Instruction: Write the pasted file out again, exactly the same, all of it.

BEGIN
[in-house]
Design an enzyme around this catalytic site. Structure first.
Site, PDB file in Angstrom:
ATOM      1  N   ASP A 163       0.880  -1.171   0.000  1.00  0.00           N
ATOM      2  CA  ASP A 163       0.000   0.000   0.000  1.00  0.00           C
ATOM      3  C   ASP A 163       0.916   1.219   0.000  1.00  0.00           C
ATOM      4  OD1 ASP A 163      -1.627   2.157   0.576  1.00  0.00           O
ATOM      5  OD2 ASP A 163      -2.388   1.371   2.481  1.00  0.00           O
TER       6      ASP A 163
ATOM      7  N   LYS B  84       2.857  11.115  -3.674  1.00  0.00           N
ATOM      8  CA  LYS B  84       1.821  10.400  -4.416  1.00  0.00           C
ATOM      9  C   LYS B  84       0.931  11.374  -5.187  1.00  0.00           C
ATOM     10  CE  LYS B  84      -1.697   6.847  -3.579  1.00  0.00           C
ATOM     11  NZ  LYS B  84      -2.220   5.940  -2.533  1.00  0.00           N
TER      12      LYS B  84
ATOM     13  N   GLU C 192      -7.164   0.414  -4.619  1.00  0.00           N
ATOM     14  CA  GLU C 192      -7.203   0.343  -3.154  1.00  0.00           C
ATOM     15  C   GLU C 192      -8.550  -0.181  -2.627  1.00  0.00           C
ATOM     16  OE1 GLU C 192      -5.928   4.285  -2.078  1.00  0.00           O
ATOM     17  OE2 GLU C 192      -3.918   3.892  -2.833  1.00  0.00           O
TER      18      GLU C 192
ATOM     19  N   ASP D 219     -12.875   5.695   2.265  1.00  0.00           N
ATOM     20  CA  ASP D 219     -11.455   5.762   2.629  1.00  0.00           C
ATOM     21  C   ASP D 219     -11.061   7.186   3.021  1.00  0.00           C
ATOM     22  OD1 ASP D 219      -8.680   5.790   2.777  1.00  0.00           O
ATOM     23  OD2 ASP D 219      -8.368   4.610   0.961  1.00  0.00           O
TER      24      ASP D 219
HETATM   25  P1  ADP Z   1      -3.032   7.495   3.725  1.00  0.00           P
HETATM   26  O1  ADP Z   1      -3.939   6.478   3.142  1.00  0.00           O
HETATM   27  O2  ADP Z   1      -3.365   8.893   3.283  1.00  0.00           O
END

[in-house]
Design an enzyme around this catalytic site. Structure first.
Site, PDB file in Angstrom:
ATOM      1  N   ASP A 163       0.880  -1.171   0.000  1.00  0.00           N
ATOM      2  CA  ASP A 163       0.000   0.000   0.000  1.00  0.00           C
ATOM      3  C   ASP A 163       0.916   1.219   0.000  1.00  0.00           C
ATOM      4  OD1 ASP A 163      -1.627   2.157   0.576  1.00  0.00           O
ATOM      5  OD2 ASP A 163      -2.388   1.371   2.481  1.00  0.00           O
TER       6      ASP A 163
ATOM      7  N   LYS B  84       2.857  11.115  -3.674  1.00  0.00           N
ATOM      8  CA  LYS B  84       1.821  10.400  -4.416  1.00  0.00           C
ATOM      9  C   LYS B  84       0.931  11.374  -5.187  1.00  0.00           C
ATOM     10  CE  LYS B  84      -1.697   6.847  -3.579  1.00  0.00           C
ATOM     11  NZ  LYS B  84      -2.220   5.940  -2.533  1.00  0.00           N
TER      12      LYS B  84
ATOM     13  N   GLU C 192      -7.164   0.414  -4.619  1.00  0.00           N
ATOM     14  CA  GLU C 192      -7.203   0.343  -3.154  1.00  0.00           C
ATOM     15  C   GLU C 192      -8.550  -0.181  -2.627  1.00  0.00           C
ATOM     16  OE1 GLU C 192      -5.928   4.285  -2.078  1.00  0.00           O
ATOM     17  OE2 GLU C 192      -3.918   3.892  -2.833  1.00  0.00           O
TER      18      GLU C 192
ATOM     19  N   ASP D 219     -12.875   5.695   2.265  1.00  0.00           N
ATOM     20  CA  ASP D 219     -11.455   5.762   2.629  1.00  0.00           C
ATOM     21  C   ASP D 219     -11.061   7.186   3.021  1.00  0.00           C
ATOM     22  OD1 ASP D 219      -8.680   5.790   2.777  1.00  0.00           O
ATOM     23  OD2 ASP D 219      -8.368   4.610   0.961  1.00  0.00           O
TER      24      ASP D 219
HETATM   25  P1  ADP Z   1      -3.032   7.495   3.725  1.00  0.00           P
HETATM   26  O1  ADP Z   1      -3.939   6.478   3.142  1.00  0.00           O
HETATM   27  O2  ADP Z   1      -3.365   8.893   3.283  1.00  0.00           O